Personally I can’t wait to see this film. Maher exposes the whackos for what they really are every time he steps on the stage and I applaud that he’s not afraid to do it. I think it’s his way of saying ‘enough is enough’ with the likes of Bush and everyone else appointed to his administration for forcing their beliefs down our throats. And Sarah Palin is no different. It’s time to move away from the notion that free-thinking is bad or evil. I agree with Maher that it’s perfectly possible to be a good person without all the handed-down, overly-translated and highly edited religious doctrine we’ve had over the centuries. Hiding behind a religion just because you fail to understand something or because you’re afraid to think for yourself is no way to go and it’s time to move on and evolve.

  • Nell Minow

    Thank you, Dennis! I’d love to hear what you think about the movie after you see it.

  • Joan Shapiro

    I think Maher was very courageous to make this movie and to sit down with some of the people he interviewed. In addition to making his points with great humor, I thought his film contained a very powerful conclusion, when he pointed out with vivid contrasting clips how scary it is when you have two opposing religious groups, Christians and Islamists, who are willing to face mutual annihilation to prove the other wrong. We need to think about this film for the sake of all of our future survival.

  • ChatteringMind

    I think the B minus grade is exactly correct. This is a fun and entertaining movie, very interesting and obviously thought provoking for people of faith as well as those removed from it. I actually didn’t laugh all that much though. I was mildly appalled throughout.
    “Interesting that Mahr said nothing about Hinduism and Buddhism,” I said to my husband as we left the theater last night. “Any criticism of those belief systems might have offended Maher’s politically liberal and fashionable ‘base.'”
    My husband and I disagree about whether or not our fourteen-year-old son should see this film. My hubby thought it would be intellectually simulating for him. I came down with a very heavy “No, absolutely not. He shouldn’t see this film now.” He’s just starting back in Hebrew School after a year off. Things are coming together for him in other contexts. It’s not the right time to take anything apart.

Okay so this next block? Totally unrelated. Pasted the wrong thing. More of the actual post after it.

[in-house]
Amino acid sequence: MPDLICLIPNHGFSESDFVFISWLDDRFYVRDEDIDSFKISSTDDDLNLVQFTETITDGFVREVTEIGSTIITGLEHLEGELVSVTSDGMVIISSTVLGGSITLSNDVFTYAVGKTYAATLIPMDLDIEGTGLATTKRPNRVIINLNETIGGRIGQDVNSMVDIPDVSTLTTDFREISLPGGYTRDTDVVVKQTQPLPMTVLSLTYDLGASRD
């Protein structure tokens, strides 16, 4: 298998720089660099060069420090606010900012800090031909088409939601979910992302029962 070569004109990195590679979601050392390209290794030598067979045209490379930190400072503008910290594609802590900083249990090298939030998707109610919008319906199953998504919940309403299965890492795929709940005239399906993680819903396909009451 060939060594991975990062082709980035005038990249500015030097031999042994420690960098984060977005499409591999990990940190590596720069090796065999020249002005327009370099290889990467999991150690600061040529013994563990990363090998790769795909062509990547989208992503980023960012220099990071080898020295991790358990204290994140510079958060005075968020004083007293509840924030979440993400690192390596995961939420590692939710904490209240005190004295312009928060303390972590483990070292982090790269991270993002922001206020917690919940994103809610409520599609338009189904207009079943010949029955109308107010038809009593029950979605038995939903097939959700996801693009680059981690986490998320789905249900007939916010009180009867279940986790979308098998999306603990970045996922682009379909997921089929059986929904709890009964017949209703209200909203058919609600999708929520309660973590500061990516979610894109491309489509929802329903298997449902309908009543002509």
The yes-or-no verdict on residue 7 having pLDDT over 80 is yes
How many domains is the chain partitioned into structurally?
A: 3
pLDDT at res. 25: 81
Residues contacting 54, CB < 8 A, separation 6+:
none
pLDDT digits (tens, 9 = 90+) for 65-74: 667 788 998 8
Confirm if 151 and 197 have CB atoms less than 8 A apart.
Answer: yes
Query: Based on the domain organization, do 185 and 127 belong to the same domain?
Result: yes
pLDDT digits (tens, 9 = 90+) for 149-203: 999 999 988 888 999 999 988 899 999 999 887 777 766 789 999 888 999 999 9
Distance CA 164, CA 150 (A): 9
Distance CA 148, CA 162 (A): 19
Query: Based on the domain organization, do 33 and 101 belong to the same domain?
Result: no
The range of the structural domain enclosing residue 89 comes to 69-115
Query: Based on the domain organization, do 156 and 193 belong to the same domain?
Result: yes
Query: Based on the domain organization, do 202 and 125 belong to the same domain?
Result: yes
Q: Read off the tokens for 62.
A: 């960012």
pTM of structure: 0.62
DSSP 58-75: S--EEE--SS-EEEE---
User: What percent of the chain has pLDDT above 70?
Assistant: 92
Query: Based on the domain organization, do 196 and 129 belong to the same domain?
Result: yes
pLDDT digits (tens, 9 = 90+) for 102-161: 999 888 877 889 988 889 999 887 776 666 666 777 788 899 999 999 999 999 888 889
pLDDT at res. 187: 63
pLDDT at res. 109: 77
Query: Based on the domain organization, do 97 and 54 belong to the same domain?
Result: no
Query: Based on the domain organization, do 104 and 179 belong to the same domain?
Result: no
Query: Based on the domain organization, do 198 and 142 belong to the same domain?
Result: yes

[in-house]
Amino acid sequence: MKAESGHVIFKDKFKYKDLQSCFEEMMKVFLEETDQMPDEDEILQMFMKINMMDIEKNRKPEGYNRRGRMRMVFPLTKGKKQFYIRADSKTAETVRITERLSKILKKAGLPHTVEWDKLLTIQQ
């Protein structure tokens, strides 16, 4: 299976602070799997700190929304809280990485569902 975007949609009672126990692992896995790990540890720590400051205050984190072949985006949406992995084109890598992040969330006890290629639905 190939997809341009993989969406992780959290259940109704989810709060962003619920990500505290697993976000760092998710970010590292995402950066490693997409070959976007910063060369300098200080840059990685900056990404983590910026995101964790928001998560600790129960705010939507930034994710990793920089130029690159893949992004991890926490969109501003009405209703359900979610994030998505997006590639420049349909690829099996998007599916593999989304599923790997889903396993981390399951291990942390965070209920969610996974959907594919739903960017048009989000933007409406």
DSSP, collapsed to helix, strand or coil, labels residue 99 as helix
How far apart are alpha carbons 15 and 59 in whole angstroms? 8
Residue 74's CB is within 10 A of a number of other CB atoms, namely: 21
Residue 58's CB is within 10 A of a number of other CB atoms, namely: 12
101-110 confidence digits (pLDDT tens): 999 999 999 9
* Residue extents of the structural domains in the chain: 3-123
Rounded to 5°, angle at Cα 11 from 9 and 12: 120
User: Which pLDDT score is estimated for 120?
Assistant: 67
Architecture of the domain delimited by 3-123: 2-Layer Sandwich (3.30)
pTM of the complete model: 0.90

Though I am a searcher and a progressive person, I found myself longing for the movie’s inclusion of suitable religious explainers and lay leaders…but the best ones I know of are dead–William F. Buckley and Malcolm Muggeridge. Those two guys used to have conversations about faith on “Firing Line,” that helped me see that religious observance and practice is, for the intellectual, drenched in doubt and dark nights. I don’t think Maher gets that. He just went after the zanies who happily see a grandfatherly God in the sky…This film skirted the deep questions and modulated discussions, passing by significant religious thinkers. Cheap shot! Fun movie. B minus is right.

  • Linton

    Interesting but not surprising! It seems that so few every understand the difference between religion and Christianity. However I should not be surprised … “For the preaching of the cross is to them that perish foolishness; but unto us which are saved it is the power of God.” I Cor. 1:18. Breifly, the difference between religion and Christianity is: Religion is what man does to try to gain heaven … Christianity is what God did to bring man to heaven. Religion is man’s attempt to earn heaven … Christianity is a gift from God. Movie is difficult to rate! I have worked with kids of many religions all of my life … what a different when God uses the insturment of Christianity and touches their hearts. The greatest line in the entire movie. “Thank you for being Christ-like and not just Christian.” Great! Great! This is the most powerful line in the movie. Very difficult for me to rate.

  • Robyn

    I don’t really get Bill Maher at all. I have no problem with his being an athiest. It’s his life and his decision, and I respect that. What is strange to me is why he is so obsessive in his disdain for people who have a different view or belief. Whatever happened to “live and let live”? Isn’t he supposed to be a part of the “liberal elite” who avow “inclusion” and “open-mindedness”? He demonstrates exactly the opposite in his movie. I have my own beliefs, and he has his. Why should mine matter to him any more than his matter to me? Get over yourself, Bill.

  • Nell Minow

    Robyn, Maher’s point is that the religious beliefs of others are a threat to world security and therefore not deserving of tolerance. But instead of addressing that question in a thoughtful and consistent manner, he take cheap shots and makes easy jokes, as I said in my review.
    Thanks for writing, and please comment again. I appreciate your thoughtful remarks.